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New festival to support survivors of childhood sexual abuse

Press release issued: 13 May 2022

Childhood sexual abuse (CSA) affects half a million children and young people every year. In Bristol alone, it is estimated that 13,000 children and young people are currently living with experiences of sexual abuse. In the first event of its kind, University of Bristol researchers and The Green House, Bristol’s only specialist provider of therapeutic support, are collaborating to stage a Festival to support survivors. The Beyond Therapy Festival of Activism Against Child Sexual Abuse will be held on Thursday 19 May at the Watershed.

Across Avon and Somerset, waiting lists for specialist children’s therapeutic support are currently around two and a half years, whilst prosecutions for rape and sexual assault hit an all-time low in the UK last year.

Dr Gemma Halliwell, a Research Fellow at the Centre for Academic Primary Care, University of Bristol, explains why support is so important for survivors: “Children and young people who experience sexual abuse face multiple barriers to accessing the essential care services they require. The abuse continues to be hidden and taboo and very often the only place survivors are offered to talk about abuse is in an individual therapy space or when asked to talk to the police. Victims often feel alone and have no one available for them to talk to. We urgently need to address how we can improve access to care for children and families, to go beyond providing therapies and a police report – to re-consider as a community what it means to rebuild a life after CSA.”

The day will include key aspects of what an effective community-based response to CSA should look like, such as: trauma-informed yoga or body-focused therapies, creative workshops, a range of research presentations, panel discussions and performances with music with Paraorchestra’s Charles Hazlewood, featuring Portishead’s Adrian Utley, Ondes Martinot Virtuoso Josh Semans, and Jason Yarde. We have partnered with Viv Gordon Company to commission six CSA survivor artists to make bespoke artworks for the festival.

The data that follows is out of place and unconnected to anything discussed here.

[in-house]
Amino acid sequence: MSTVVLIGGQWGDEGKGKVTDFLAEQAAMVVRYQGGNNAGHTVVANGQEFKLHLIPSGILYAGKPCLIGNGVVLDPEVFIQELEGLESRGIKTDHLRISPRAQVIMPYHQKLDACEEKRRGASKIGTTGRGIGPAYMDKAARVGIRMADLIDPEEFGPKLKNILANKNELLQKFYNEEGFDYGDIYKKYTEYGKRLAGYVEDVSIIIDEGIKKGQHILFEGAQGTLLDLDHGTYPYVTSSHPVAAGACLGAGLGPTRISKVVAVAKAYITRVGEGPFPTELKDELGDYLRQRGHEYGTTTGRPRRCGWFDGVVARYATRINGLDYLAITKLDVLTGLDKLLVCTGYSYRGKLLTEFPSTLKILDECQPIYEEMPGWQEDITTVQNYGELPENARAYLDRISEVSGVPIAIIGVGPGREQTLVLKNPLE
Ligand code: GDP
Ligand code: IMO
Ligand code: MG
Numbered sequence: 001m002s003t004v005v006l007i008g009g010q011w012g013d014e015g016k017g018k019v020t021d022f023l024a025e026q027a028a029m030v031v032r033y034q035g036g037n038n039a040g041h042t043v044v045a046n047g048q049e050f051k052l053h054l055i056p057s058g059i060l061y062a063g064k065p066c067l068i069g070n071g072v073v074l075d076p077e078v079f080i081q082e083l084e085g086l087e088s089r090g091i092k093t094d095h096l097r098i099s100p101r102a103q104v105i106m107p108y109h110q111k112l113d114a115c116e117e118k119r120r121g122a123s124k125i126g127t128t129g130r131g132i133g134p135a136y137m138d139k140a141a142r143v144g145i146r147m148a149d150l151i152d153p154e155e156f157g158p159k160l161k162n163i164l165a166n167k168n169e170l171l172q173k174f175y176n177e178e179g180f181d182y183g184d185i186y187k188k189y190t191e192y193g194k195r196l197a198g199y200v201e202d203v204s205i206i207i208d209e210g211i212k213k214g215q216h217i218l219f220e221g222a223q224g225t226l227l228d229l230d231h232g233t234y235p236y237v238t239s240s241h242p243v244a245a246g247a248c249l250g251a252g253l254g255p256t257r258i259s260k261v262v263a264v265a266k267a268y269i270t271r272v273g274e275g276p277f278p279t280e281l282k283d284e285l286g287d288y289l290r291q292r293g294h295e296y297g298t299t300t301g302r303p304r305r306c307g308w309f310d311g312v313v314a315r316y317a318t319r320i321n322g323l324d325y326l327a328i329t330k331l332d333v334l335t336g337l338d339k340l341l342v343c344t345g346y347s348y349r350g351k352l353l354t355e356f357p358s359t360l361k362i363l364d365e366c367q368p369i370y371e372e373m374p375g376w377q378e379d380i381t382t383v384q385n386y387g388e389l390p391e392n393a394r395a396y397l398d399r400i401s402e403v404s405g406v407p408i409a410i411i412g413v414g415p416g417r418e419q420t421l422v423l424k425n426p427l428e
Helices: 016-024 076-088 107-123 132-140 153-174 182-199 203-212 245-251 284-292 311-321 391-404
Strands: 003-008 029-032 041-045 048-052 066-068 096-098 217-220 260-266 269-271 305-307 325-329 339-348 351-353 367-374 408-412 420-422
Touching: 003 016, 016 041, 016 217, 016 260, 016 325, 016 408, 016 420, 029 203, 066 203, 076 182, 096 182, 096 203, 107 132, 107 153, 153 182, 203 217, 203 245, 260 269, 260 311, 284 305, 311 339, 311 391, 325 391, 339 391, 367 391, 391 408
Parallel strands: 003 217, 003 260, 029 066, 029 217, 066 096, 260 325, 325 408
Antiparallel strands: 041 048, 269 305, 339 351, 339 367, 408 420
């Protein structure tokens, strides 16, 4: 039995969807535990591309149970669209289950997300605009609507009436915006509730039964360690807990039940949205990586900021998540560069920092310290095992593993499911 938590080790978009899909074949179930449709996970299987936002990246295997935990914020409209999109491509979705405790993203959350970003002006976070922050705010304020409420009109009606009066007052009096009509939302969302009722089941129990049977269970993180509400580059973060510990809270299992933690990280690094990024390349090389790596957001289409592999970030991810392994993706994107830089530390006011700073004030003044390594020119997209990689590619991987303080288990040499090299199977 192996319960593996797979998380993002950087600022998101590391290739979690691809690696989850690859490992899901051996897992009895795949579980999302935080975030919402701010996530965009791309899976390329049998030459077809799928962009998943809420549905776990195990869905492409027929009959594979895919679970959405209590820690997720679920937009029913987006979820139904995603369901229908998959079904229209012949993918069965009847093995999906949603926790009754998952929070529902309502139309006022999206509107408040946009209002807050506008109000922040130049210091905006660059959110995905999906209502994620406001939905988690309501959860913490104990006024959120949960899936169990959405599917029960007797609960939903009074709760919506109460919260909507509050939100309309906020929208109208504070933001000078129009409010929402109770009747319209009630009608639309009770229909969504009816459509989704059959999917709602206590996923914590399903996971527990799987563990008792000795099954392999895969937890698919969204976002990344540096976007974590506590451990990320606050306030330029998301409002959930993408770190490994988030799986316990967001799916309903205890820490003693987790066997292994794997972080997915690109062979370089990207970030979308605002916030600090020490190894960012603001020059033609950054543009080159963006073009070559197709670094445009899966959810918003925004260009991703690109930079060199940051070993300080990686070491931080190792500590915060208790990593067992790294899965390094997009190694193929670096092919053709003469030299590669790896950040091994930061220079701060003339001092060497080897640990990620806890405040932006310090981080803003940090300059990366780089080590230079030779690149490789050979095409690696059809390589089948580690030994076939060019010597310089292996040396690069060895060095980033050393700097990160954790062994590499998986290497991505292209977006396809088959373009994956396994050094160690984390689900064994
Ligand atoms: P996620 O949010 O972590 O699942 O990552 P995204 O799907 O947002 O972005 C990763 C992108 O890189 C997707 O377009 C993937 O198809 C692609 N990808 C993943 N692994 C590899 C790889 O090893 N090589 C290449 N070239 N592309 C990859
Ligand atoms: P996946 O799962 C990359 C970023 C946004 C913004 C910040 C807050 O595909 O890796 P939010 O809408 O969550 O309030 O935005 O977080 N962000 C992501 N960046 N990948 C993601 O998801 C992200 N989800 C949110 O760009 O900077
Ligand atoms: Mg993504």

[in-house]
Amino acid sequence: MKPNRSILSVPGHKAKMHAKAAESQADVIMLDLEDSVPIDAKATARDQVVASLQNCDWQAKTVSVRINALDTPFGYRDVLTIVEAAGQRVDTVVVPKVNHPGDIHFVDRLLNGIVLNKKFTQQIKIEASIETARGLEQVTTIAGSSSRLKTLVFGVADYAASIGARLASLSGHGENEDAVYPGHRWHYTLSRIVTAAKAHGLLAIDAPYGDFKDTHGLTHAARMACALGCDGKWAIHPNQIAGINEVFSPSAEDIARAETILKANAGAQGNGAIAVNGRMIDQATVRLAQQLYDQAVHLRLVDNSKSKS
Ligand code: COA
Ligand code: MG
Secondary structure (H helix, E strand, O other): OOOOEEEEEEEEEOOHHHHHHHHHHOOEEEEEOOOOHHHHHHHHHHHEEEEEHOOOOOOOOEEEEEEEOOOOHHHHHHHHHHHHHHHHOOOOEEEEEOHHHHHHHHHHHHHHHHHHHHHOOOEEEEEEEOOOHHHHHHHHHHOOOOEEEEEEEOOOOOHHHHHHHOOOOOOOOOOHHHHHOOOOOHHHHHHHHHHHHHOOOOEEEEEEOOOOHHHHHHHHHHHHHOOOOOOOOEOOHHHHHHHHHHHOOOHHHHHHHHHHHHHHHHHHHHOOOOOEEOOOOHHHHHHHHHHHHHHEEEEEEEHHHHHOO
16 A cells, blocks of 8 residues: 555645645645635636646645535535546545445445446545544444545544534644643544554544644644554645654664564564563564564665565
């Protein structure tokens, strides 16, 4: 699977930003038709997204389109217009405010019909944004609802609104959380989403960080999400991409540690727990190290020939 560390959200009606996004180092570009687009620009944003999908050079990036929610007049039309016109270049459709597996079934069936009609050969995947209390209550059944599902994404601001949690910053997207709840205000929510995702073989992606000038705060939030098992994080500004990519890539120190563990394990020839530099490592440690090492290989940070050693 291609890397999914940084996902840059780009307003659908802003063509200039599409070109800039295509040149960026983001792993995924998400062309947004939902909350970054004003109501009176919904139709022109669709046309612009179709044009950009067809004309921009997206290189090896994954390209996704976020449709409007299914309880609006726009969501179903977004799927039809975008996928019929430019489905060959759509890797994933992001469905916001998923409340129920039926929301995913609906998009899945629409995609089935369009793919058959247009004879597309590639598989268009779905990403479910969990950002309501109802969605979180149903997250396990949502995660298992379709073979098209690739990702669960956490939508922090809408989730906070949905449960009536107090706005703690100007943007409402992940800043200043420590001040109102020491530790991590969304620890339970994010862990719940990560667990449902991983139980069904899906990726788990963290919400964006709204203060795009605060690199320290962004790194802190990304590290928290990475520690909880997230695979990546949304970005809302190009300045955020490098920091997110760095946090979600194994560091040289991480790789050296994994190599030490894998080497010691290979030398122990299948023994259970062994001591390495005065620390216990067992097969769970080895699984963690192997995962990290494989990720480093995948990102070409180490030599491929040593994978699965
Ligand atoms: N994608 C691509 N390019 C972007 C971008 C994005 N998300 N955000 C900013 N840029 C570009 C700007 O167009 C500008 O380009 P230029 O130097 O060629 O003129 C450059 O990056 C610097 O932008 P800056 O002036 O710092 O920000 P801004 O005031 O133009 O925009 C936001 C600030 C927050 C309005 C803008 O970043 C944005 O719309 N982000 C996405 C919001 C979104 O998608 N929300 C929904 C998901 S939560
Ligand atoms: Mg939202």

This is the first time that arts commissions have been specifically and solely targeted at amplifying CSA survivor voices. The day will be compered by Angie Belcher, whose stand-up comedy courses can be prescribed by Bristol GPs to help trauma survivors. The festival will also premiere a short film created by Viv Gordon Company and young survivor activists from The Green House, with creations from the young survivor activists also on display.

Dr Halliwell added: “Our specialist sexual violence mental health services are overwhelmed and under-resourced and the criminal justice process often re-traumatises survivors. When survivors do report to the police, they are told they cannot access therapy because it may damage the criminal case. We hope that the Beyond Therapy movement, will help people recognise that something in our society's response to childhood sexual abuse urgently must change.”

The movement has been born out of the Bluestar Project - the Green House’s Home Office Funded research study, which was conducted in partnership with the University of Bristol, Safelives and the Sexual Violence Consortium. The Bluestar Project founded the Beyond Therapy podcast and Festival of Activism against CSA - it aims to re-imagine our society’s existing response to CSA through the lens of social justice and the creative arts, drawing on the research findings.

The Beyond Therapy Festival of Activism Against Child Sexual Abuse takes place on Thursday 19 May at Bristol’s Watershed.

Tickets from Eventbrite.

Beyond Therapy Podcast: Beyond Therapy • A podcast on Anchor

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Further information

Beyond Therapy has been created by the team behind the Bluestar Project and The Green House, who provide specialist support to survivors of childhood sexual abuse, as well as improving access to research on the subject.

The Bluestar Project is a partnership between University of Bristol, SafeLives and the Sexual Violence Consortium, which has shown that nationally, survivors of CSA face multiple barriers to accessing support from therapy services or the criminal justice system.

The Bluestar Project was funded by the Home Office’s Childhood Sexual Abuse Support Services Fund, the national funding that’s dedicated to delivering the Gov.’s Tacking CSA Strategy.

About the Centre for Academic Primary Care
The Centre for Academic Primary Care (CAPC) at the University of Bristol is a leading centre for primary care research in the UK, one of nine forming the NIHR School for Primary Care Research. It sits within Bristol Medical School, an internationally recognised centre of excellence for population health research and teaching.

Follow us on Twitter: @capcbristol

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